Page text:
My husband, Brandon, is a toy collector. Our three-car garage can't accommodate a single vehicle. Instead, it's crammed with boxes of toys. These boxes aren't stacked in piles. They climb the walls in intricate designs according to some historical plot line from Brandon's mind. In the middle lay elaborate toy displays: a 1984 G.I. Joe Raven, a $595 Batman cowl and a 6-foot-tall Styrofoam Spiderman, along with countless other character relics.
I am also mom to three boys: 6-year-old twins and a 4-year-old. All three have inherited Brandon's affinity for toys. In our home, we don't have a dining room, we have a "Lego room," equipped with folding chairs and card tables for our boys to build and display their creations. It's no surprise that Legos find their way outside the room—and frequently under a foot (usually mine!).
So, when Toys R Us announced it was closing its doors for good last week, the news hit my family hard—me just as much as my hubby and his minions. You see, Toys R Us is more than a toy store, it's an escape. When all four "boys" leave the house to explore the store, I get two or three hours of freedom to write, read and yes, pee without someone stopping me mid-stream to find a Lego brick.
Toys R Us is a place where my boys carefully decide on their Christmas gifts. In March. Then change their minds with each visit (at least 50 times before the holidays hit). It's where we go after school when the kids have been good listeners. A way to reward them for good behavior without breaking the bank or spoiling them with sweets. And it's a place that lights them up from the inside out.
"I'm going to get the Kai Lego submarine for Christmas," announces my 4-year-old Jack.
"I want the giant NexoKnight castle," says Max.
"For me, it's the NexoKnight Robot. He's the best," Brian chimes in.
In the bicycle section, the boys ride circles around me, grinning like mini-Jokers challenging Batman to a duel. And, equally important, Brandon is famous at our local store. Every worker knows him by name, showers him with promotional items and asks him about his collection. He spent weekends browsing the aisles long before our boys—or even I—came along.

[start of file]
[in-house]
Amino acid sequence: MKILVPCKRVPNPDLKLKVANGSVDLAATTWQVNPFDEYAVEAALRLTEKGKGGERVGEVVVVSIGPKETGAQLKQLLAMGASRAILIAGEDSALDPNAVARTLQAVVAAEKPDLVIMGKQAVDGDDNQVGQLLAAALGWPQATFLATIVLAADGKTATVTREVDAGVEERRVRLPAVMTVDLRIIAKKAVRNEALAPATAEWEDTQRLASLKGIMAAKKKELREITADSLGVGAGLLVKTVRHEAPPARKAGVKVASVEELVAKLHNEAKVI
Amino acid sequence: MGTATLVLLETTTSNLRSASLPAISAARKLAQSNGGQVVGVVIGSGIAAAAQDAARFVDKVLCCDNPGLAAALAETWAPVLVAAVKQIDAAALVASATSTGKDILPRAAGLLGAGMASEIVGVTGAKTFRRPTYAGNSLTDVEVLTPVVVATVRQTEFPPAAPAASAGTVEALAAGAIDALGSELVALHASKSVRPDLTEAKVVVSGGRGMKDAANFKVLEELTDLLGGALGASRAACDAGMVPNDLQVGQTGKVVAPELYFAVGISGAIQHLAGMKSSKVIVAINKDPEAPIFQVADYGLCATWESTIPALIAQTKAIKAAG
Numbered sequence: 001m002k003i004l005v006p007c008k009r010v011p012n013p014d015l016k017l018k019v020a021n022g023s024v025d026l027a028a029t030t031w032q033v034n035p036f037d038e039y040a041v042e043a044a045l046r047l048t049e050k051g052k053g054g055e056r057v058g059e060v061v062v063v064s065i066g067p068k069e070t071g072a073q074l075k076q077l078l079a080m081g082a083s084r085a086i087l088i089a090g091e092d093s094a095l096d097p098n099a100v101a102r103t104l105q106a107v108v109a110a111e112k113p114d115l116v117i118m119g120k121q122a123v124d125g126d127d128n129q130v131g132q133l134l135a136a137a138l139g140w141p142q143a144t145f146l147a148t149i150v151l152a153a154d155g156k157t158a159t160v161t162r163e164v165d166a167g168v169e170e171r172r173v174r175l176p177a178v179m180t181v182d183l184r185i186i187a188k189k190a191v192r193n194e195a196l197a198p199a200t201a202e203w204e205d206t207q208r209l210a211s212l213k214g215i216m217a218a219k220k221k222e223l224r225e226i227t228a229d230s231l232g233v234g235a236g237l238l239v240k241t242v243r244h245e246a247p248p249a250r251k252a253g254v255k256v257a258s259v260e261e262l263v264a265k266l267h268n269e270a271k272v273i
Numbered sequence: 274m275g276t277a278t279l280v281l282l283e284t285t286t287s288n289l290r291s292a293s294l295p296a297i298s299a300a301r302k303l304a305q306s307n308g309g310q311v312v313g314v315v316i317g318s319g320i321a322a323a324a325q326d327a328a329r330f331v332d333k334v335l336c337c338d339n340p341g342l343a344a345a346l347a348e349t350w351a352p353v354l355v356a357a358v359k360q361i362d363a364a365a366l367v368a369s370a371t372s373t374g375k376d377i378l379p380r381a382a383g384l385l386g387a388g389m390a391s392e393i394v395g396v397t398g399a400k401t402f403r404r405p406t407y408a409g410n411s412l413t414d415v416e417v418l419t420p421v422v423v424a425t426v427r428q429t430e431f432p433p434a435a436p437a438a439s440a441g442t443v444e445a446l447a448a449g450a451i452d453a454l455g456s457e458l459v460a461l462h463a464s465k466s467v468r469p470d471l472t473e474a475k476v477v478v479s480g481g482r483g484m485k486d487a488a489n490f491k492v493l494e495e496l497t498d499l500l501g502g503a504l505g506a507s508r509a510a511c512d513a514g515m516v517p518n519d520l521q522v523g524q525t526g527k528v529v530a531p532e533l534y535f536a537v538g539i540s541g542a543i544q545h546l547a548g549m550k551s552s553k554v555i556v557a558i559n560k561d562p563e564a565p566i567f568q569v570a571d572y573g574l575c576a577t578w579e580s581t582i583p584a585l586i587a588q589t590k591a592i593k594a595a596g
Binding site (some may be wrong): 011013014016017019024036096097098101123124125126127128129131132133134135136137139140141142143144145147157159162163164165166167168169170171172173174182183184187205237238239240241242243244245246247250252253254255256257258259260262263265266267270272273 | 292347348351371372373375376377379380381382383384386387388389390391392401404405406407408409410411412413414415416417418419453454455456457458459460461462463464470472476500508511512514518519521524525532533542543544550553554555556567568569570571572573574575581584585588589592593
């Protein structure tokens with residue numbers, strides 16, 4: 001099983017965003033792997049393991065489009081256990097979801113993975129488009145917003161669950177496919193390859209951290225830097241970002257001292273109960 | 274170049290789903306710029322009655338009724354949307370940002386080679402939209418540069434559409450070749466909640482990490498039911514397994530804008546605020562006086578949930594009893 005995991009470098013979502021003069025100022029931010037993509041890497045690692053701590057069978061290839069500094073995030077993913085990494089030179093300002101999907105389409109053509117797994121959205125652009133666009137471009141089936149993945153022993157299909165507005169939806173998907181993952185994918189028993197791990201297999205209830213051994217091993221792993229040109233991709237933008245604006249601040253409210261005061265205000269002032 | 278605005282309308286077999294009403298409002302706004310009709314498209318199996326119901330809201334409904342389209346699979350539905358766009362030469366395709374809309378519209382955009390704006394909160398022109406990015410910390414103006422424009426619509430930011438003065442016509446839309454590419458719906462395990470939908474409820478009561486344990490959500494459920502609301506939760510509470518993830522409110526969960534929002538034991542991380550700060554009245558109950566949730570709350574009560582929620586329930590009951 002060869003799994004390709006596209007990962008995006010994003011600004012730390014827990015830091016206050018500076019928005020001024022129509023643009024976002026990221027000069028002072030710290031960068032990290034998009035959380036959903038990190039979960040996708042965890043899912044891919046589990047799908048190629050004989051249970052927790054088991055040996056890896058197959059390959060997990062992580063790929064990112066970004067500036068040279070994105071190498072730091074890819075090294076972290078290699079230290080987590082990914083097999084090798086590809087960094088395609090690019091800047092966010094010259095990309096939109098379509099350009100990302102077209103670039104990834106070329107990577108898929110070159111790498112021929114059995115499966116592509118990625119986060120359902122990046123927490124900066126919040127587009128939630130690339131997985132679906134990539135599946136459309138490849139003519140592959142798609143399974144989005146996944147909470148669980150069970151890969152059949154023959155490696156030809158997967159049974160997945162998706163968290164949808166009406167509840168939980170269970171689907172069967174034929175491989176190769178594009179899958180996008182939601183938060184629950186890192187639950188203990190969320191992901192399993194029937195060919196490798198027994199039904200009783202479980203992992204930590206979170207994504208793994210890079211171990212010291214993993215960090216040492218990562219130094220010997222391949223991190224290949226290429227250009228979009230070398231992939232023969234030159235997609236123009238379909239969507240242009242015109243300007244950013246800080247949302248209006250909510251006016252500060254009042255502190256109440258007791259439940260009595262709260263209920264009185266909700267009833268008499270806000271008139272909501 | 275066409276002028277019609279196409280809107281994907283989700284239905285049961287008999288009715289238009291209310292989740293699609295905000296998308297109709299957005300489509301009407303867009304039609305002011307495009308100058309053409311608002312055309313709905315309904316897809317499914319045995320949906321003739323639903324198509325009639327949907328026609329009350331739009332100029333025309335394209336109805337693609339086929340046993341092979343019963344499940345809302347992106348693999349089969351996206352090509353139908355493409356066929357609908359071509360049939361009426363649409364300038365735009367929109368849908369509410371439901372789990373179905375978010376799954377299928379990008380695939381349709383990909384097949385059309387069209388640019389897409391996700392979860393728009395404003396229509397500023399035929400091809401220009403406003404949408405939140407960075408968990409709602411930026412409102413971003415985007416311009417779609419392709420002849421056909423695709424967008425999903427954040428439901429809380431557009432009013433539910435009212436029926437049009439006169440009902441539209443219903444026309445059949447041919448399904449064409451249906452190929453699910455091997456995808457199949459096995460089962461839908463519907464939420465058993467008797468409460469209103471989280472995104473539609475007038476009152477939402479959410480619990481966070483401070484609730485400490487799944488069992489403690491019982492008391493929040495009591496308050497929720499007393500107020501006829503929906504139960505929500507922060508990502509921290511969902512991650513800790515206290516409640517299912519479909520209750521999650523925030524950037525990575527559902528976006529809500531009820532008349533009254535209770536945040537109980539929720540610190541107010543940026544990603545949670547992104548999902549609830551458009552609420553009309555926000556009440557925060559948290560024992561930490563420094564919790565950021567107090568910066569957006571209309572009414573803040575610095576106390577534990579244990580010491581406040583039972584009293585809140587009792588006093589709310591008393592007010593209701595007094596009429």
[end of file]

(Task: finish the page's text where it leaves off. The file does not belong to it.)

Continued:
So, over breakfast last weekend, I asked Brandon to recall some of his fondest Toys R Us memories and most touching moments.
"I remember taking my brother Corey to Toys R Us in 1997 when he was 9 years old to spend his $10 birthday money. He selected Batman and Robin action figures. I still have them in one of my displays," he said. The figures were $14.99 but Brandon conspired with the sales clerk to let Corey purchase them with a $10 bill while Brandon slipped her the difference.
When I was a kid, I recall my mom camping outside a closed Toys R Us to purchase each of her three girls a highly anticipated Cabbage Patch Doll or Atari game before they flew off the shelves. In both instances, Toys R Us became a place that breeds happiness (barring Black Friday, when disgruntled parents make the news for fighting over toys in the aisles).
Yet, we, like all American parents, played a supporting role in the store's demise. When my mom wanted to take her grandsons to pick out their birthday presents, we chose Target because I needed a few things, too. Brandon goes to Walmart with the kids in tow and hits the toy section to appease them (and himself) while running errands. And during the Christmas rush, both of us were guilty of buying toys on Amazon because, well, free shipping! And the brown boxes double as a great disguise for Christmas gifts.
I don't know what our after-school hours will look now that Toys R Us' merchandise has been liquidated. I don't know if I'll ever see those boys so mesmerized by aisles and aisles of toys. Even Disney can't compete, particularly when you do the math. I could buy my three sons bikes, helmets and knee pads and still be under the cost of admission to the Happiest Place on Earth.
Because Toys R Us is the Happiest Place on Earth for my family—and it has been the keeper of our memories. Dating back to before our babies were born, we arrived at Babies R Us clueless about what we needed to purchase. We wandered the store arm-in-arm, giggling about how ill-equipped we were to manage the months ahead. At that moment, a sales rep approached us.
"Can I help you?" he said.
"We're beyond help," Brandon replied.
And that's the way I feel now, as Toys R Us shuts down forever.
We will never be able to walk those aisles again as a family. My respites will never be as long or carefree. But no one can take those memories away. I'm grateful our boys were able to experience the magic of Toys R Us. I'm just not sure how to tell my husband that when they want to peruse toys in the future, they'll be heading to his garage.